VM Japan Original Soundtrack
VM Japan Original Soundtrack
June 27, 2002
Buy Used Copy
2002’s VM Japan is a sequel to the simulation RPG Vantage Master set in Japan. Its score was Atsushi Shirakawa’s final effort as the head of Falcom Sound Team J.D.K. before he left to become a famous anime composer. Following their acclaimed efforts on Zwei!!, the sound team keep their production values high and indulge in more stylistic explorations. They blended traditional Japanese instrumentation with orchestral and electronic elements to portray a range of game contexts. The result is one of the most beautiful and mature soundtracks in Falcom’s history. Nihon Falcom released a two disc soundtrack for the game that continues to be commercially available at VGM World. Let’s take a closer look…
The opener “Alone in the Moonlight” sets the scene for the game and the soundtrack nicely. It primarily features the passionate wails of a shakuhachi in conjunction with rich string countermelodies. A surprisingly strong electronic beat and drum kit are used during most of the piece to provide a modern sound, although they are interrupted during the dramatic orchestral development. The theme is arranged several times in the soundtrack, including in two battle themes and in the laidback overworld theme “Wandering Together Down the Road of Demons”. Many of the core themes on the soundtrack also feature a traditional Asian instrument against atmospheric electronic beats. For example, “Narrative of an Illusion” will move listeners with its beautifully implemented koto melody and new age synth, while “The Glory of Love” inspires meditation with its simple use of flute, piano, backing vocals, and electronic beats. “Warriors” is especially unusual since it features the expansive melodies and improvisation of a modern day keyboard adapted to give an Eastern resonance.
Given the gameplay of VM Japan is based on simulating battlefields, there are nevertheless action-packed tracks on the soundtrack. “The Eastern Cherries”, for instance, blends the traditional Japanese instrumentation of VM Japan with driving snares and demanding progressions similar to those of Vantage Master. Others such as “Trouble Ahead” almost totally rely on epic orchestral instrumentation but still have a dash of originality while “The Cave of Styx” is dominated by slow moody progressions. Away from the action, the soundtrack offers plenty of more intimate moments too. In particular, “Rainy Scene” inspires deep emotions with its blend of piano, strings, and bamboo flute while the subsequent “Into the Crimson Sky” once more demonstrates that Falcom’s sound team knows how to create a heartrending traditional melody and use it to emotionally carry an otherwise simple piece. Other poignant highlights include “An Elegant Banquet” and “Yearning”. There are also a few frivolous themes such as “VM March”, “Through the Day”, and “Fasten Your Sandals After the Victory”, but they are among the most uninspiring compositions on the soundtrack.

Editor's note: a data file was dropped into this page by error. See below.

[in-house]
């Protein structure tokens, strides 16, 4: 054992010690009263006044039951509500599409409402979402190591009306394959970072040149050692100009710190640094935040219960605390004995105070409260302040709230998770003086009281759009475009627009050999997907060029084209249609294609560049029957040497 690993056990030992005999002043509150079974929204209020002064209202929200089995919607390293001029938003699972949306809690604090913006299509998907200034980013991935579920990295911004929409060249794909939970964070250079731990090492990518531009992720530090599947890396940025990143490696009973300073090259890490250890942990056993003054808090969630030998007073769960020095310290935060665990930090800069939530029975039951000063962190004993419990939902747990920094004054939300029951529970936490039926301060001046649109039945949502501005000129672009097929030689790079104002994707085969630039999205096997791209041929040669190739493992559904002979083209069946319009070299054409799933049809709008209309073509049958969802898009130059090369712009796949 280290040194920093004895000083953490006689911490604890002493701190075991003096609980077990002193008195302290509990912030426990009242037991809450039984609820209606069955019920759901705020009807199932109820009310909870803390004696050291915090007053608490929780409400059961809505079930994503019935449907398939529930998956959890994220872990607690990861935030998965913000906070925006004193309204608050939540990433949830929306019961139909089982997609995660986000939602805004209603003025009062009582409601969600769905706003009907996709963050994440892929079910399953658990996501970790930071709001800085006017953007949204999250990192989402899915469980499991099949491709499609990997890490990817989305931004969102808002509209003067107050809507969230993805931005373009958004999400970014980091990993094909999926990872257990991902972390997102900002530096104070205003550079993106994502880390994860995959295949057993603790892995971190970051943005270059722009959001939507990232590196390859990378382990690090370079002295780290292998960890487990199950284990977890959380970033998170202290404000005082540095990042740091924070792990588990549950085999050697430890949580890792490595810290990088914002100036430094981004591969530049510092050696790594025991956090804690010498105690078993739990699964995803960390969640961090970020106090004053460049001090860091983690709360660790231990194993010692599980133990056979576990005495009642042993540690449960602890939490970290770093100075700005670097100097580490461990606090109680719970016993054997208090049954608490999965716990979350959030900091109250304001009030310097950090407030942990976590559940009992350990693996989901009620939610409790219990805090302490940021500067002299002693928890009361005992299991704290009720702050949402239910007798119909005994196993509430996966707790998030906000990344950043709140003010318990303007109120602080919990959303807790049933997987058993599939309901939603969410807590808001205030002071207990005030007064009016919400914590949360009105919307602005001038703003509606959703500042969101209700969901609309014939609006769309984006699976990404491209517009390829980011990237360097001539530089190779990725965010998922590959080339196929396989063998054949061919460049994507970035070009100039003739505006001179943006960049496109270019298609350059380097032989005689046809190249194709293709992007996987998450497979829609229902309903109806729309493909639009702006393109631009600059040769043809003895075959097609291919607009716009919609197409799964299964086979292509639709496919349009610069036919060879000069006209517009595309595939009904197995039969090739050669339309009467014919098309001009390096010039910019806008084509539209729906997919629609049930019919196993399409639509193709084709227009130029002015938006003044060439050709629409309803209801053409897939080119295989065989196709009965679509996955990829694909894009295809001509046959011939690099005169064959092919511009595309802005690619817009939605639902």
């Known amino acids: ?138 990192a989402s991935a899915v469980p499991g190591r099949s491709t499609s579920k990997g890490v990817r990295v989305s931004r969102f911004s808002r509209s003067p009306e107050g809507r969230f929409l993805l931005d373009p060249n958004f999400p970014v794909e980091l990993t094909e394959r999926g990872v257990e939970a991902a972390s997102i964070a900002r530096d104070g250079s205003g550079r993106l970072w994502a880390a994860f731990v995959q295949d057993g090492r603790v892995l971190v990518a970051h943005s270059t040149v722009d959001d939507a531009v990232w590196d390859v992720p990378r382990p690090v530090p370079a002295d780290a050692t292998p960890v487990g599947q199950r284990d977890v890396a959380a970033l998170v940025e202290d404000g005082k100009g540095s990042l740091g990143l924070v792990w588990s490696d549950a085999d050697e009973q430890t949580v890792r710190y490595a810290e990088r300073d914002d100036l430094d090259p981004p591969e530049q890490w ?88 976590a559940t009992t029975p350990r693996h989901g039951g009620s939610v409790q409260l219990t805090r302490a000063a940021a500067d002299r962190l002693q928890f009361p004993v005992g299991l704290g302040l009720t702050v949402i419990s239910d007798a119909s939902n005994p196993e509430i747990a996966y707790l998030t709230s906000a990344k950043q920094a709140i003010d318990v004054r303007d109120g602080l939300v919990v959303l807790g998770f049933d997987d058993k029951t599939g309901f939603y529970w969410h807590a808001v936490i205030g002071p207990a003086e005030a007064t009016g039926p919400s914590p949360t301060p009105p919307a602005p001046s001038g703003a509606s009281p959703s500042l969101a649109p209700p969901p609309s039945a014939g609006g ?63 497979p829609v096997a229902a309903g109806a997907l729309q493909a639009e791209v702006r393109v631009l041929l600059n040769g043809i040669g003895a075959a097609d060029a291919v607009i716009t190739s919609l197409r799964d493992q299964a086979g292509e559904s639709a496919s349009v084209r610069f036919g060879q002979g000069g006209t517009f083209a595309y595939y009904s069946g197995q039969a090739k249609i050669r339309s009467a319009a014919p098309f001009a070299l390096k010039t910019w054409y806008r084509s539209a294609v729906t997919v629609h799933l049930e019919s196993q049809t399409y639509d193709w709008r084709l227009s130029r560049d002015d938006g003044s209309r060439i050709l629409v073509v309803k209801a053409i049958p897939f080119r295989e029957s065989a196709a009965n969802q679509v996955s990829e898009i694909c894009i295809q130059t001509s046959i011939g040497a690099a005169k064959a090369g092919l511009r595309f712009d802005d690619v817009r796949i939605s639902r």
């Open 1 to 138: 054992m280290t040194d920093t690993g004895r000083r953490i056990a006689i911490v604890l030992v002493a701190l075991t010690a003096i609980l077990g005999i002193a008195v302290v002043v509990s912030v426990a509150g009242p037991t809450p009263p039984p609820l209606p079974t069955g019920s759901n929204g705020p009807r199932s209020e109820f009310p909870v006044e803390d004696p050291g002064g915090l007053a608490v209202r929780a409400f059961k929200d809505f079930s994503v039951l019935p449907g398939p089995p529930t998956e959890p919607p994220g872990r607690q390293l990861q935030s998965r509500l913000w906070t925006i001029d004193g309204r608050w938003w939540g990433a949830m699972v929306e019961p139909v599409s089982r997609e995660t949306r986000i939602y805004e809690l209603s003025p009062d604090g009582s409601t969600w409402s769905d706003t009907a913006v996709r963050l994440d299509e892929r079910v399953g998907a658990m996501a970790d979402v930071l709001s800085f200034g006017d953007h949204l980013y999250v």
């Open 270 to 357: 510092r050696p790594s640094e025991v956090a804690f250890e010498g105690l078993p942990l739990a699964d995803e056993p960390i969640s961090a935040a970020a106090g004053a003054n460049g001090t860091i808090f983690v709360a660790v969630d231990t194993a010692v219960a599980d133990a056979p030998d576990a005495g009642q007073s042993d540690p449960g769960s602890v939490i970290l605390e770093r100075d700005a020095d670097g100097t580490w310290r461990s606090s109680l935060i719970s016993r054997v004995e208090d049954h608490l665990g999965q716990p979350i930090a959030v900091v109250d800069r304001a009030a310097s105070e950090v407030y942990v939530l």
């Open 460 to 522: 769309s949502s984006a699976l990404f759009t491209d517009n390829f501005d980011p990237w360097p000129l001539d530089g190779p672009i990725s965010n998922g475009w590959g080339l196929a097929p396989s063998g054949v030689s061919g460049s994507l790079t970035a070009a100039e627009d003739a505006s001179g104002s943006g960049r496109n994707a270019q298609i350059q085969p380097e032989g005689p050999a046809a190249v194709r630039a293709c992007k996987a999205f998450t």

Right from its extended opener, Disc Two declares itself a much darker one. “Gathering of the Fates” is one of Falcom’s most atmospheric offerings to date, dynamically mixing electronic, rock, ambient, and tribal features over six minutes. “An Ill Omen” amalgamates the various styles and moods into an incredible six minute mixture. Although its mood is especially haunting, it compels one to keep listening with its rich ethnic soundscapes and stimulating electronic beats. On this disc, the main theme is also reprised in two battle theme arrangements; “Alone in the Moonlight -Battlefield Version-” is transposed into a different key and supported by chanting whereas “Battle Cry” is radically different with its saxophone and electric guitar focus. Seemingly the final battle theme, “Master of Chaos” contrasts the emotions of the parties while maintaining the uplifting beats and gorgeous flutes found elsewhere in the soundtrack. “Farewell to the Seasons” is a surprisingly disappointing ending theme despite its rock focus, featuring a dull hook and lots of repetition over the seven minutes. After a few bonus tracks, the soundtrack nevertheless ends on a high with the superior Indian version of “An Ill Omen”.
The VM Japan Original Soundtrack ranks as one of Falcom’s most mature and distinctive soundtracks to date. Shirakawa’s team demonstrate flair for blending traditional Asian instrumentation with modern elements throughout, right from the uplifting main theme at the start of the soundtrack to the all-encompassing haunting tracks at the finale. Its production values are stunning — the sound quality is comparable to Zwei!! and the Japanese samples were exquisitely chosen. Even more importantly, the soundtrack is consistently a personal and stimulating one, aside the occasional stupid moments. Those looking for something a little different should seriously consider purchasing this one.
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Posted on August 1, 2012 by Chris Greening. Last modified on August 1, 2012.